Robert has developed other health issues which require additional maintenance and medications to keep him as healthy as possible. I now brush his teeth to reduce the bacteria in his mouth so there’s less of a chance of pneumonia when he aspirates. We put the nebulizer mask on him twice a day to keep his lungs open and healthy. His medications have changed and increased so much that, for fun, I’d like to walk into a pharmaceutical school and take their final exam to see how I do. I may not get an “A” but I think I’d pass.

I have a strange idea of fun.

Incontinence has moved from urinary incontinence to occasional bowel incontinence. Robert’s memory is so inconsistent that sometimes I have to remind him which way to turn out of the bathroom to get to his bedroom or explain that it’s breakfast time and not time for a scoop of Rocky Road ice cream.

Still, I didn’t think we needed help. After all, there were two of us taking care of Robert. The bulk of the physical work fell to me since Richard has his own health issues but I was managing it okay – until I wasn’t.

My stroke last year was a wake-up call and I was determined to make changes. I immediately started walking regularly, taking medications to prevent another stroke and have greatly reduced my carb intake. For good measure, I feel even more guilt than usual when I cave to those sugary cravings. I do better about managing my stress and have no trouble saying “no” to doing too much for too many on any given day.

My longer term goals related to caregiving were to hire a housekeeper, take a respite and hire in-home care for Robert.

These goals took a little bit more work but I hired housekeepers, fired them after not showing or calling and promptly hired another company. I absolutely love this extra help and am grateful to be able to afford such a luxury. Richard and I took a respite within a few months of my stroke.

Two goals down; one to go.

I started my search for in-home care by posting an ad on NextDoor and, telling friends and family I was looking and calling several agencies. The referrals from friends were already working elsewhere, replies to the ads were minimal at best and the agencies either didn’t show up or were too expensive. (One rep came in and declined my offer to talk with Robert. She wanted to get straight to the services, their cost and even pulled out a contract. Um, thanks but no.)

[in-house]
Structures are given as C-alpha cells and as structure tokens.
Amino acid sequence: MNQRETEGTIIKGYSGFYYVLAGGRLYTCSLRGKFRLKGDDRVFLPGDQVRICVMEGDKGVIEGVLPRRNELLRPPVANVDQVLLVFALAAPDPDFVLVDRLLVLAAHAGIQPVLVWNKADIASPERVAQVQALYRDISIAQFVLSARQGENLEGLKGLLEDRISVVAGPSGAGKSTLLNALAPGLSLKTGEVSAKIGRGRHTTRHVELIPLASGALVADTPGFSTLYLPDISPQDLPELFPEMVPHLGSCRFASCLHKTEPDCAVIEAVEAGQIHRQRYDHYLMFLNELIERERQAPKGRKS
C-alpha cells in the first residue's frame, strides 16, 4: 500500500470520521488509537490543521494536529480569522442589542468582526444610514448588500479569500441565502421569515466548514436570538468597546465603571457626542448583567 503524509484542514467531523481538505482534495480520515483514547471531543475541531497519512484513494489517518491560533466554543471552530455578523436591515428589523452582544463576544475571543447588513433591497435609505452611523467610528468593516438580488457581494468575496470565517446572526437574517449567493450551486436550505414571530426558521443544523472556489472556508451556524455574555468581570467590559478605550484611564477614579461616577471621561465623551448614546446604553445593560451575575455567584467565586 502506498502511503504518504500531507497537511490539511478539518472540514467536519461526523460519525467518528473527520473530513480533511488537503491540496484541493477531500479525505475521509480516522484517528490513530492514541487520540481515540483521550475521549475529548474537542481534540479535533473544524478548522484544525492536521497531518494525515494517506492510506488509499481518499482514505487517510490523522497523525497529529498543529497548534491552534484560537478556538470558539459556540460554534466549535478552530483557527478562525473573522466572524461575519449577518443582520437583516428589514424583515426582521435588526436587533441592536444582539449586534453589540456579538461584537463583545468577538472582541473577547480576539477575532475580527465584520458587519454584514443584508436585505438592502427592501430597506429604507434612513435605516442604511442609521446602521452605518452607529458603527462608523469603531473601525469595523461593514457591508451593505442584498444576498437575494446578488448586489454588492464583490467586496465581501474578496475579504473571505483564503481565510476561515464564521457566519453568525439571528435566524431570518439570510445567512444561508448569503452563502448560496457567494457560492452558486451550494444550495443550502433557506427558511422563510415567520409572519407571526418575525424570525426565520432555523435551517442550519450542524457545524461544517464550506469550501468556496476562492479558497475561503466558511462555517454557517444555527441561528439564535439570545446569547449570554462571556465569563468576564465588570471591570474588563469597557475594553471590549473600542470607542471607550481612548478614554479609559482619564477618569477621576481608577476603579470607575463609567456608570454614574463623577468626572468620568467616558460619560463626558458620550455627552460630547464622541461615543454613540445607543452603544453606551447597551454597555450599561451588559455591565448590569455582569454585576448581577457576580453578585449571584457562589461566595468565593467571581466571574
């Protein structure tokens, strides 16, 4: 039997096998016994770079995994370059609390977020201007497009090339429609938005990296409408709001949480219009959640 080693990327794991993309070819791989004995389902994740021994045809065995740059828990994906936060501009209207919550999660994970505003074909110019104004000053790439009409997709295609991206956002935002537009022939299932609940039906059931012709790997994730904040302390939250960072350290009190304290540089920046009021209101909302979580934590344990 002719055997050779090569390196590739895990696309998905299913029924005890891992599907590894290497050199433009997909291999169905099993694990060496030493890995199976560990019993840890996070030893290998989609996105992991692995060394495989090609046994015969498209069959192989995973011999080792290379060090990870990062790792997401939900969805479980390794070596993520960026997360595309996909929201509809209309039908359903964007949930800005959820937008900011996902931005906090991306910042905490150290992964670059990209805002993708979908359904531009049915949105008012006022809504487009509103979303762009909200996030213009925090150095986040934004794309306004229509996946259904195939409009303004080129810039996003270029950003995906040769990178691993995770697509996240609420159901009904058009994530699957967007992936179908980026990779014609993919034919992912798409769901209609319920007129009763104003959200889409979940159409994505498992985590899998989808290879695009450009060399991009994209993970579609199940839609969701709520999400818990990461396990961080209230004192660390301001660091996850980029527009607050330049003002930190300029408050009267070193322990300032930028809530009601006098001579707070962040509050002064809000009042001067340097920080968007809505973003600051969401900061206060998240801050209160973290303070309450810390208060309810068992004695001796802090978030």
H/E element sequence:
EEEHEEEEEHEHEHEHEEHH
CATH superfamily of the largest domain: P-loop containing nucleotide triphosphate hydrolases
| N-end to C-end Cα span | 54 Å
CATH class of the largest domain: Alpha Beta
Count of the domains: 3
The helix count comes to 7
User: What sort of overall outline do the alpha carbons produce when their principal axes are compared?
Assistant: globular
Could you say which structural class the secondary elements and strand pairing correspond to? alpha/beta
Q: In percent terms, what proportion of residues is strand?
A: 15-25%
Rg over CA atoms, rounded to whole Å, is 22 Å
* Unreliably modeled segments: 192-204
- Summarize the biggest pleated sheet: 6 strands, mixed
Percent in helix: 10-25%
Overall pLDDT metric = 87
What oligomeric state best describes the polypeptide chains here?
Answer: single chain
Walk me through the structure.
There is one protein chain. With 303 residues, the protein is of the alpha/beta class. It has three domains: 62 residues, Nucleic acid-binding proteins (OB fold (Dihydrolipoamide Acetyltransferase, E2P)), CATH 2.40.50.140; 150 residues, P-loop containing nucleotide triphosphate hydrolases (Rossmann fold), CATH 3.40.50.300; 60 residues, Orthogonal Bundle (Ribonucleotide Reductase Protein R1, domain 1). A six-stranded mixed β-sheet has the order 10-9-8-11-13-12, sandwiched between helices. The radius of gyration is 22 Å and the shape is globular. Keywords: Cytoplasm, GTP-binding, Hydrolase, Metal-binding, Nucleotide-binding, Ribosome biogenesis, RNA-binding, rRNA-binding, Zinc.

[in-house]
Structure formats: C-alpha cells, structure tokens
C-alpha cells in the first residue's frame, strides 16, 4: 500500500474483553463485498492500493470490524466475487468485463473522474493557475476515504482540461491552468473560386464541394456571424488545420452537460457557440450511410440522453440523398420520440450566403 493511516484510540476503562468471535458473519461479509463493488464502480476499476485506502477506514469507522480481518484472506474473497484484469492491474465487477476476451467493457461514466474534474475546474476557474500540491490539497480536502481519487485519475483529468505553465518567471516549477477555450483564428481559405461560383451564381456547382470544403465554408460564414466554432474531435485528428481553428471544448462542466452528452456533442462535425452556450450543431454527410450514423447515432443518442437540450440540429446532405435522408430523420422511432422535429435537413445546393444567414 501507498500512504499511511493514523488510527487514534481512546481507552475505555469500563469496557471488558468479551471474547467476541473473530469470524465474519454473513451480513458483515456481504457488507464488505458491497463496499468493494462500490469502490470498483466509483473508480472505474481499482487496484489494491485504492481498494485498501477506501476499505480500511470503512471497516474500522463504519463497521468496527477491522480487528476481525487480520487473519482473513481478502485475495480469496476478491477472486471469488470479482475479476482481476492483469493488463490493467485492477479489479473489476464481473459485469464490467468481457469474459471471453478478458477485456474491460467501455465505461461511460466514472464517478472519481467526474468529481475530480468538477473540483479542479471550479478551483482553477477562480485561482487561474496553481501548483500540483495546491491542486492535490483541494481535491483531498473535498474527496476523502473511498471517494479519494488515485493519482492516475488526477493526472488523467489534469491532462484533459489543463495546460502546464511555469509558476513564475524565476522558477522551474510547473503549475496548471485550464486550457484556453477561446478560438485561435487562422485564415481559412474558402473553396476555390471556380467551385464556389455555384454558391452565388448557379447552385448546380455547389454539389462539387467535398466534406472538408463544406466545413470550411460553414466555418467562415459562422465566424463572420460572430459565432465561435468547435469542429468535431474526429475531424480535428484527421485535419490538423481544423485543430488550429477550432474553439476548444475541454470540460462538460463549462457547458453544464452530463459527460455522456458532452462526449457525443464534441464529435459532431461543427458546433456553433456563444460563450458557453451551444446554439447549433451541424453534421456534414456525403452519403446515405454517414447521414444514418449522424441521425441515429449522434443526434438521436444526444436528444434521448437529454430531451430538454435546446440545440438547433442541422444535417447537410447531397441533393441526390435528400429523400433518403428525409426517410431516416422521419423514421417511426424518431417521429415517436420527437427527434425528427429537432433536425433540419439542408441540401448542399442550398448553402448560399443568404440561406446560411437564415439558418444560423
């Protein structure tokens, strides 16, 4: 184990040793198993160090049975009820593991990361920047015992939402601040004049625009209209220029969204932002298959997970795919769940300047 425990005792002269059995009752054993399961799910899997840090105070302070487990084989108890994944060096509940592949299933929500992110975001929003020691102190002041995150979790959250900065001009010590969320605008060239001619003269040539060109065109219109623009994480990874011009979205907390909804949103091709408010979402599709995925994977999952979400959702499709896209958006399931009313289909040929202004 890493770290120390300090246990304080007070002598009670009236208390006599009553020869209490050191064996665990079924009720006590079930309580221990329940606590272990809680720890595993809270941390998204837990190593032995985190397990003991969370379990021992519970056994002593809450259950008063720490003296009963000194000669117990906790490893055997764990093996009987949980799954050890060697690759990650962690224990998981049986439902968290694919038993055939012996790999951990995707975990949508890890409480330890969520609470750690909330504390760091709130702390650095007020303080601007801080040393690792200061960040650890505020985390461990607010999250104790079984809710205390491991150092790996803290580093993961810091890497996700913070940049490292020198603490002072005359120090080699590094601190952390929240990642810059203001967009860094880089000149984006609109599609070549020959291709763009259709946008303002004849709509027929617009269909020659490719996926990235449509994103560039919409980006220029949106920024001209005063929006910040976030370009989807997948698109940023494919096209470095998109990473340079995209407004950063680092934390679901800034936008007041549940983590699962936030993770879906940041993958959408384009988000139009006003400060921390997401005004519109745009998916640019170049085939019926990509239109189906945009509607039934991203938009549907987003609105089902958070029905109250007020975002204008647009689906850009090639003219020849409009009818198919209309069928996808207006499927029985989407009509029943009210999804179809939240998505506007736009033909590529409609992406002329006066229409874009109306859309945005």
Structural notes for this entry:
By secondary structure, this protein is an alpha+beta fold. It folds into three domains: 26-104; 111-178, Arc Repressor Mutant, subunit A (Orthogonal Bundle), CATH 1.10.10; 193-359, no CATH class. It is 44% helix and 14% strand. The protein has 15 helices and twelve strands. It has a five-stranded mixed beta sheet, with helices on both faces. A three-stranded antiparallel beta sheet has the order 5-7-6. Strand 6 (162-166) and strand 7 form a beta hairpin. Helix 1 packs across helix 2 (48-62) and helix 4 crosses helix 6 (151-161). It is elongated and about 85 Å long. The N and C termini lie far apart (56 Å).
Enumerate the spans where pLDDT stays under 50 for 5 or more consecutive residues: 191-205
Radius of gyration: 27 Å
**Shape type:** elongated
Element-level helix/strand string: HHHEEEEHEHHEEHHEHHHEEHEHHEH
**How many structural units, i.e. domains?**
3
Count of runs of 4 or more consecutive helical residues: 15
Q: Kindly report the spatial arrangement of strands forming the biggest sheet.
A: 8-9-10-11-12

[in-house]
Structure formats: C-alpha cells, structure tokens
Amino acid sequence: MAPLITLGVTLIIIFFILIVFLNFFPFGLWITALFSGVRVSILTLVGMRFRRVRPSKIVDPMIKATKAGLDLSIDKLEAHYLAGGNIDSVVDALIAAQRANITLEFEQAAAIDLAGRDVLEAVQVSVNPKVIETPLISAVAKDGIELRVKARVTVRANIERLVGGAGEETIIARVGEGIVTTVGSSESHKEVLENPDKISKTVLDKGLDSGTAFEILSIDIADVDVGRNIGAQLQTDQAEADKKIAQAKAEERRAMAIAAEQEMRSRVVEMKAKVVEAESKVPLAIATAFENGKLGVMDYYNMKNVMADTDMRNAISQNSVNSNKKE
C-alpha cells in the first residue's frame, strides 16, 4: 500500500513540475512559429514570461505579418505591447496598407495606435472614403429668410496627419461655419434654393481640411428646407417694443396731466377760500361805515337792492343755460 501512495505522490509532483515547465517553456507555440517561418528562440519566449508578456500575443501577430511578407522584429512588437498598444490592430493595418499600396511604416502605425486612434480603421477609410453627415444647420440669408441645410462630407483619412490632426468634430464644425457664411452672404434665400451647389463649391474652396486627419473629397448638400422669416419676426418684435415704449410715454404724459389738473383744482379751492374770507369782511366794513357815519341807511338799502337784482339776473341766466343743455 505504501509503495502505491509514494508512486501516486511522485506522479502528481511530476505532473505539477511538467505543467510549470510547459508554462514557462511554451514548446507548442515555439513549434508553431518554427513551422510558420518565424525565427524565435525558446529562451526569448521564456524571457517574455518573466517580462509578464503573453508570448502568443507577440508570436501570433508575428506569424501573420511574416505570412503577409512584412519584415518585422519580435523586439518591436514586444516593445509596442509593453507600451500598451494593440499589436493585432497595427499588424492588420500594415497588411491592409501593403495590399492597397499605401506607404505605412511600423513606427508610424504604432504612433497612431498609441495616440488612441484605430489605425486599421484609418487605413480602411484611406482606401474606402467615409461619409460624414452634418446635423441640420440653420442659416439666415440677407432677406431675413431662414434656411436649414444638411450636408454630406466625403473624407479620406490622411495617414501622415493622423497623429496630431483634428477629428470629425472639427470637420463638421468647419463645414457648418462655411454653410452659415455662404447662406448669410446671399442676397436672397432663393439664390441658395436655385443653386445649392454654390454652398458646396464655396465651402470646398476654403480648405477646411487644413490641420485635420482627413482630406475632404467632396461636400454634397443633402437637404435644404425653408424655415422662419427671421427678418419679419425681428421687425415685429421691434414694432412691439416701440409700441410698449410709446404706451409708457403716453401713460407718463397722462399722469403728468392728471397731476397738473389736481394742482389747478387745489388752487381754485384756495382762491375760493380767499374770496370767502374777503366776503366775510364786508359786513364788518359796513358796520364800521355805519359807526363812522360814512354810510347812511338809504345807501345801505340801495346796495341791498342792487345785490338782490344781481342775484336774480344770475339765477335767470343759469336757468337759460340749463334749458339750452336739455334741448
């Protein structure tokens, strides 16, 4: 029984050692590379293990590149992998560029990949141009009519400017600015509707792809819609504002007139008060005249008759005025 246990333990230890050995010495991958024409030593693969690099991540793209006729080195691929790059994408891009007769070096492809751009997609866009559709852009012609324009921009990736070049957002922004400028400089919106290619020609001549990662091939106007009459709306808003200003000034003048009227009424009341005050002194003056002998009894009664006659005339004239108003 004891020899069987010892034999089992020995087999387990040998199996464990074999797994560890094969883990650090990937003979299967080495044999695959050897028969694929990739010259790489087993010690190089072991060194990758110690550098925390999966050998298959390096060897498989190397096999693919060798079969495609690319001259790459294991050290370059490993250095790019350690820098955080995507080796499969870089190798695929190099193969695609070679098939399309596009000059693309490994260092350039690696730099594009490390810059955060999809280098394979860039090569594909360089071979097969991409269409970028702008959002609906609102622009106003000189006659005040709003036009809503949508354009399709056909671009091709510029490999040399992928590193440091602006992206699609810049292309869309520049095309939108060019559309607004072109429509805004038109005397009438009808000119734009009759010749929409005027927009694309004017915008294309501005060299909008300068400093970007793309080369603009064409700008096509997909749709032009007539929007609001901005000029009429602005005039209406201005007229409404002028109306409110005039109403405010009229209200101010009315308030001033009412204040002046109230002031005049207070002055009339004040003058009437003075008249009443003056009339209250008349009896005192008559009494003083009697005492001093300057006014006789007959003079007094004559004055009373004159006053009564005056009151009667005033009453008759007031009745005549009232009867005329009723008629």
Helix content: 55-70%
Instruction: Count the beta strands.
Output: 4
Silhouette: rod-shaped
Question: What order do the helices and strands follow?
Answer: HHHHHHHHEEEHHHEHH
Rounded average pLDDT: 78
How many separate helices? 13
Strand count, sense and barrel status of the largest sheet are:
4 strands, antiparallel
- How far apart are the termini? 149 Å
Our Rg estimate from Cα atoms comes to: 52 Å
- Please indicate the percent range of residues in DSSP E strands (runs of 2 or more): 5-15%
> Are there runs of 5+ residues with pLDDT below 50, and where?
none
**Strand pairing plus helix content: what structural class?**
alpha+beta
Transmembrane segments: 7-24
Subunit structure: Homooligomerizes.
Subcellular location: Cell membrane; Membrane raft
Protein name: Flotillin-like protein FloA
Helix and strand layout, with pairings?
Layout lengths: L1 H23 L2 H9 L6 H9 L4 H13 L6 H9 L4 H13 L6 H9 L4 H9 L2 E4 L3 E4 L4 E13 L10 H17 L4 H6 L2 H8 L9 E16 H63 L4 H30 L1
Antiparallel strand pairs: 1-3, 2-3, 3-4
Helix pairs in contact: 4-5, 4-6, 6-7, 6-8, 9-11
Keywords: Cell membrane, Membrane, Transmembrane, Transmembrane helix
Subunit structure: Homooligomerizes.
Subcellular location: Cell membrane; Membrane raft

The other problem with agencies?  They only do medication “reminders.”  I’m sorry, but no amount of reminding is going to get Robert to take the correct medication. He needs to be handed a cup with two pills at a time and told to take the meds.

Even while looking, I was having trouble nailing down exactly what someone would do but decided a few hours a couple of days a week would be helpful.

One of the hardest parts of providing care to Robert is the constant interruptions and needs. He probably needs something every ten minutes. If it isn’t him asking for something, I am restocking supplies and medications, doing laundry, ordering more supplies and calling medical professionals and health agencies.

It would be nice to have a two hour break a few days a week but because it was proving to be so difficult to find care, my head started the excuses reel:

How can someone help me for just a few hours a week?  Will that really be helpful?  I mean, I can change him myself and let him watch Family Feud and have a few minutes to restock or do laundry or make calls.

Plus, what about our dog?  We have an older dog who doesn’t mind strangers but our “puppy” (who is actually pushing seven years old) takes a while to welcome people into his tribe. I wasn’t sure he would get used to someone.

Puppy and Oz
Other Brother asked me how my search was going and how he could help. I appreciated his offer to help pay for services but I refused to pay an exorbitant amount for a small amount of in home care – no matter whose money I was spending. Especially when Robert has the benefit of IHSS hours (which means we can hire a care provider using these hours and the state pays the person instead of us paying out of pocket).

I suppose that is one more excuse I was coming up with not to hire help but I really tried to find in-home care. It just was not working out – excuses or no excuses.

It became more difficult to find help than any benefit that I could gain even if I did find it. I told myself that all the other changes I had made after my stroke were enough. We were managing just fine, thank you very much.

Over the next several months, the decline in Robert’s mobility and health continued. There are more frequent bouts of pneumonia and his mobility takes a worse hit each time. The last bout of pneumonia really knocked him for a loop and he was in a Skilled Nursing Facility for a few weeks to get intensive physical therapy.

Not showering Robert. Not dressing him. Not sorting his medications. Not doing five loads of laundry a day (no joke). Not helping him stand or keeping him upright while he was walking.